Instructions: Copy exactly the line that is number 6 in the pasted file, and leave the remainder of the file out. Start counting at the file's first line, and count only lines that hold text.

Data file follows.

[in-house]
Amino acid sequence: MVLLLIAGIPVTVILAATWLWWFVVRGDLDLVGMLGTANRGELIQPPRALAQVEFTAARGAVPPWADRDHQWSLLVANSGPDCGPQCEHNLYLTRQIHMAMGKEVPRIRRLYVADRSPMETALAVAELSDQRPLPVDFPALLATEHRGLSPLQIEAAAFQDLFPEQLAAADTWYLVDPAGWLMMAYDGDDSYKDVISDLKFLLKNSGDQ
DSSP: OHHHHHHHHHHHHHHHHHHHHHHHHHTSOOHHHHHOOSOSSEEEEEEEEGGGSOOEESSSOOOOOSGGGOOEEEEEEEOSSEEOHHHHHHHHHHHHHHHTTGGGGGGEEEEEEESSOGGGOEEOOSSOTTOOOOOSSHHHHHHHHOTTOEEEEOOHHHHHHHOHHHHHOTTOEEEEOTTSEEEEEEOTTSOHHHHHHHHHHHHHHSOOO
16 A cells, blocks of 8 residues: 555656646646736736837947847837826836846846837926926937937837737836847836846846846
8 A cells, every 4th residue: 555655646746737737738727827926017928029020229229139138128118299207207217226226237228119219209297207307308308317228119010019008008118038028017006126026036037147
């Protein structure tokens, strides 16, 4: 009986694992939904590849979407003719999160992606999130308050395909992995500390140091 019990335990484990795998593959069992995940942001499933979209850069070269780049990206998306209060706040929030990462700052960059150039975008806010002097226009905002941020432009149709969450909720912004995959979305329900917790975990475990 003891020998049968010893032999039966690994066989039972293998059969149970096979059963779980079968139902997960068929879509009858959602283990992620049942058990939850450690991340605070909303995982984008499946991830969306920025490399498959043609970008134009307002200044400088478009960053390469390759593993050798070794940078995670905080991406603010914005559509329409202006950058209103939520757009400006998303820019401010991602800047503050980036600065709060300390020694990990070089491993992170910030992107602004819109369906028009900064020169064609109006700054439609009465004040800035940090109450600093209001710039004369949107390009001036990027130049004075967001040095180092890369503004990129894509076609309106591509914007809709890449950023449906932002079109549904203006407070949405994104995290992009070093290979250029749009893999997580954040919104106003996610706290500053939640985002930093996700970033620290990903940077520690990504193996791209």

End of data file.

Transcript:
């Protein structure tokens, strides 16, 4: 009986694992939904590849979407003719999160992606999130308050395909992995500390140091 019990335990484990795998593959069992995940942001499933979209850069070269780049990206998306209060706040929030990462700052960059150039975008806010002097226009905002941020432009149709969450909720912004995959979305329900917790975990475990 003891020998049968010893032999039966690994066989039972293998059969149970096979059963779980079968139902997960068929879509009858959602283990992620049942058990939850450690991340605070909303995982984008499946991830969306920025490399498959043609970008134009307002200044400088478009960053390469390759593993050798070794940078995670905080991406603010914005559509329409202006950058209103939520757009400006998303820019401010991602800047503050980036600065709060300390020694990990070089491993992170910030992107602004819109369906028009900064020169064609109006700054439609009465004040800035940090109450600093209001710039004369949107390009001036990027130049004075967001040095180092890369503004990129894509076609309106591509914007809709890449950023449906932002079109549904203006407070949405994104995290992009070093290979250029749009893999997580954040919104106003996610706290500053939640985002930093996700970033620290990903940077520690990504193996791209």